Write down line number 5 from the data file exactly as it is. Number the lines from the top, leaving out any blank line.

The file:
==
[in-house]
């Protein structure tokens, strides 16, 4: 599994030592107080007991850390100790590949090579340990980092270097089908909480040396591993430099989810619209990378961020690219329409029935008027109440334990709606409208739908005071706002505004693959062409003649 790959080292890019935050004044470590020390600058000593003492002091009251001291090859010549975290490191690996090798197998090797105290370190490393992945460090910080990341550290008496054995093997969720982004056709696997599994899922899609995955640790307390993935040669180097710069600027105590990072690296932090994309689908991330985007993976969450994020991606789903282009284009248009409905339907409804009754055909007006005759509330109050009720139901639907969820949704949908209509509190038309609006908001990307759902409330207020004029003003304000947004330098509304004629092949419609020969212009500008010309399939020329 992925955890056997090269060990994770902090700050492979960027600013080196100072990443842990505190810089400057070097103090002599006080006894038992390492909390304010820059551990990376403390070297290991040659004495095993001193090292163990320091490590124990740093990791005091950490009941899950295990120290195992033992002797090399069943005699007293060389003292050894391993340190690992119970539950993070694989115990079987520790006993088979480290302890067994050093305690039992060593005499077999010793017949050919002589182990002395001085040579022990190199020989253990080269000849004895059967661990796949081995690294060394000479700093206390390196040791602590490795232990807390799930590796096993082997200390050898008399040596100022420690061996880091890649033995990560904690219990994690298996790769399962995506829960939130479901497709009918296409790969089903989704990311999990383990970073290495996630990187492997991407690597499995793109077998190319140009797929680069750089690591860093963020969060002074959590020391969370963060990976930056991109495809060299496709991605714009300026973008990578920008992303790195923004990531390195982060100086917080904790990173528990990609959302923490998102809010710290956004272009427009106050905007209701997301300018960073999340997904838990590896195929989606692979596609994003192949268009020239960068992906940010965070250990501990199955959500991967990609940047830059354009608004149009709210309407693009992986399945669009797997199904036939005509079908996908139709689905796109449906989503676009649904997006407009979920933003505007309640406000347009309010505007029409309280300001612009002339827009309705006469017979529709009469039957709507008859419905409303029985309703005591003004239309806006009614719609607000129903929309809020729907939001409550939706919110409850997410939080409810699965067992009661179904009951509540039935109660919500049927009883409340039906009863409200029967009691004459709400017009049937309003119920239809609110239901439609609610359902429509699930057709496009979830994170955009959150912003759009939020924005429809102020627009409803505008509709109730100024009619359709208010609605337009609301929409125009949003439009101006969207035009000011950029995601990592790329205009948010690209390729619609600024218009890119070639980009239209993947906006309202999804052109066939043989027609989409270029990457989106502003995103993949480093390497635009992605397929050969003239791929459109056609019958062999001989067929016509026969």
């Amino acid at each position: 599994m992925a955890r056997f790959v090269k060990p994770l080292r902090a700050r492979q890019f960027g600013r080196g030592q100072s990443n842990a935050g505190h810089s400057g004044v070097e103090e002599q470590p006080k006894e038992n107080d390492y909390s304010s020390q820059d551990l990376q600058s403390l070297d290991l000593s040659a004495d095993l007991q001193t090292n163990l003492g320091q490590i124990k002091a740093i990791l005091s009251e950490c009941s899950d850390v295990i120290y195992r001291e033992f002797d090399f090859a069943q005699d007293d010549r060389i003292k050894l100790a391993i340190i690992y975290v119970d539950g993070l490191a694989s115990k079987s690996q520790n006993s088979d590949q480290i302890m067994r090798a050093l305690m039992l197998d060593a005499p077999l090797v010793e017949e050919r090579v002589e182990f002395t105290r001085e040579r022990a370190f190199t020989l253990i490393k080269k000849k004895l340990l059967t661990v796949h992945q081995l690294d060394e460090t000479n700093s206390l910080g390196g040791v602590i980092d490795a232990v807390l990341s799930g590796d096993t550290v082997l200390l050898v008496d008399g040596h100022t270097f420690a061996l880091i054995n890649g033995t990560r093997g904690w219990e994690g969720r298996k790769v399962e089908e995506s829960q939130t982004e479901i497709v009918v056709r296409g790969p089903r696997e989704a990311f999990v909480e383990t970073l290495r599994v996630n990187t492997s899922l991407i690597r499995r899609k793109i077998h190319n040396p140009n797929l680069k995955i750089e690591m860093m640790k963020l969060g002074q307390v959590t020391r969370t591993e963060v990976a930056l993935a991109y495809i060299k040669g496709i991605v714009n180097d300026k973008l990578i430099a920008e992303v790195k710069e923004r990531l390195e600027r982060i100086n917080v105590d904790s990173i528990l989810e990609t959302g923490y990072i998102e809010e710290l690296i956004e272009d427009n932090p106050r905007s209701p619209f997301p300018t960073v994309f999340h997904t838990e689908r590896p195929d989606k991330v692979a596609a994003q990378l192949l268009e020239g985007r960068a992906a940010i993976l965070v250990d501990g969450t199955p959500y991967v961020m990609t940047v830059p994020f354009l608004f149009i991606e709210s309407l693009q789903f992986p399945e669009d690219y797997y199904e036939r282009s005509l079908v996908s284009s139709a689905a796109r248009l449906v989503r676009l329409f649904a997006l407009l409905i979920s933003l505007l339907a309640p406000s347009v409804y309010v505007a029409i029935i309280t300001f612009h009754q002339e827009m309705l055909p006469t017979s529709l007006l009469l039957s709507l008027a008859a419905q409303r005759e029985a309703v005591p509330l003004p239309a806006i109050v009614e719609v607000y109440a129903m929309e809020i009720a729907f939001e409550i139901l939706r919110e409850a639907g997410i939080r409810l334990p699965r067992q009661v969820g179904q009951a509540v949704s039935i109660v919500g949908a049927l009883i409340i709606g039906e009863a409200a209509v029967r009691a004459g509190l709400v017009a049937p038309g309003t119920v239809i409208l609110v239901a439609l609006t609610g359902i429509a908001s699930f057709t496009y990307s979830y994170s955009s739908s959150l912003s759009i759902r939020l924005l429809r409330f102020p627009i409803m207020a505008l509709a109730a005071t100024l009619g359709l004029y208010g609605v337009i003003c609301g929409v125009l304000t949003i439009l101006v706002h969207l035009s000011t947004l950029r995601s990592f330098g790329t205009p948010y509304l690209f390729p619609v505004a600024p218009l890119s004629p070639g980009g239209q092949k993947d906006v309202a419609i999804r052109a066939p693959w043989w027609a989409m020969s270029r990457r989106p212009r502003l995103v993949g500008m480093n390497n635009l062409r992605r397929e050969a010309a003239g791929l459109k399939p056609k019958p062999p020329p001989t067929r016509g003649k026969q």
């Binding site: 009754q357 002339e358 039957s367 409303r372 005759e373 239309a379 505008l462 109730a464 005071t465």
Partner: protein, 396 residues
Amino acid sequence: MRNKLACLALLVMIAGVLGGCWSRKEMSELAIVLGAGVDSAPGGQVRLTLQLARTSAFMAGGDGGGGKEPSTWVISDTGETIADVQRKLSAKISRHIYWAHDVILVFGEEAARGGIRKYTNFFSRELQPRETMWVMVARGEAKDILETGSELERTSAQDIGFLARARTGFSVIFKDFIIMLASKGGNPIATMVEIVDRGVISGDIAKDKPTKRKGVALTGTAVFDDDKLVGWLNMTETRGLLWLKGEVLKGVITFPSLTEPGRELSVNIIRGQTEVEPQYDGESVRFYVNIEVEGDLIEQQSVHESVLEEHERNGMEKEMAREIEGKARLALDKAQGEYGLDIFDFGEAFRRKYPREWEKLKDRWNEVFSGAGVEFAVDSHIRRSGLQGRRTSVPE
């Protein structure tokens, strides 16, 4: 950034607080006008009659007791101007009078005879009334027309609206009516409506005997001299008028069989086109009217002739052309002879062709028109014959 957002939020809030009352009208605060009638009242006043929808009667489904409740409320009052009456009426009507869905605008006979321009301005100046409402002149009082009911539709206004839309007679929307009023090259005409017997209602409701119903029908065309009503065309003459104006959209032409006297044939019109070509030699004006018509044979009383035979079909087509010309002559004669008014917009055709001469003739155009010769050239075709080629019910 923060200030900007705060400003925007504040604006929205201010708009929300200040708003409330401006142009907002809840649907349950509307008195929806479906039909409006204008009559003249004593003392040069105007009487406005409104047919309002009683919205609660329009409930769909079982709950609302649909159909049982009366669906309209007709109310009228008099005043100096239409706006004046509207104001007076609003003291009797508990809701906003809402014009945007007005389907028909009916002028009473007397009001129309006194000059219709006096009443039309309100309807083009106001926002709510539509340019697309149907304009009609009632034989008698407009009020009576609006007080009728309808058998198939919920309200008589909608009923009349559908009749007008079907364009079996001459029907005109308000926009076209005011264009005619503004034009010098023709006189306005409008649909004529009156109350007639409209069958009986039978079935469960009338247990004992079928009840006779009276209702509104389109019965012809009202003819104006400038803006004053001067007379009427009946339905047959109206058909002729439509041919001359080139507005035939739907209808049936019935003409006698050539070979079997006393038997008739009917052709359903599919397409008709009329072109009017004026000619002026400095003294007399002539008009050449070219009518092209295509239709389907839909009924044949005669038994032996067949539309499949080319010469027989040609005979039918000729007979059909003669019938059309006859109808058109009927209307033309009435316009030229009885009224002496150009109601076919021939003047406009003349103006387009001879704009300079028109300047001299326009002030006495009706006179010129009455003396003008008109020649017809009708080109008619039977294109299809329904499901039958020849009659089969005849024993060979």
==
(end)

Partner: protein, 396 residues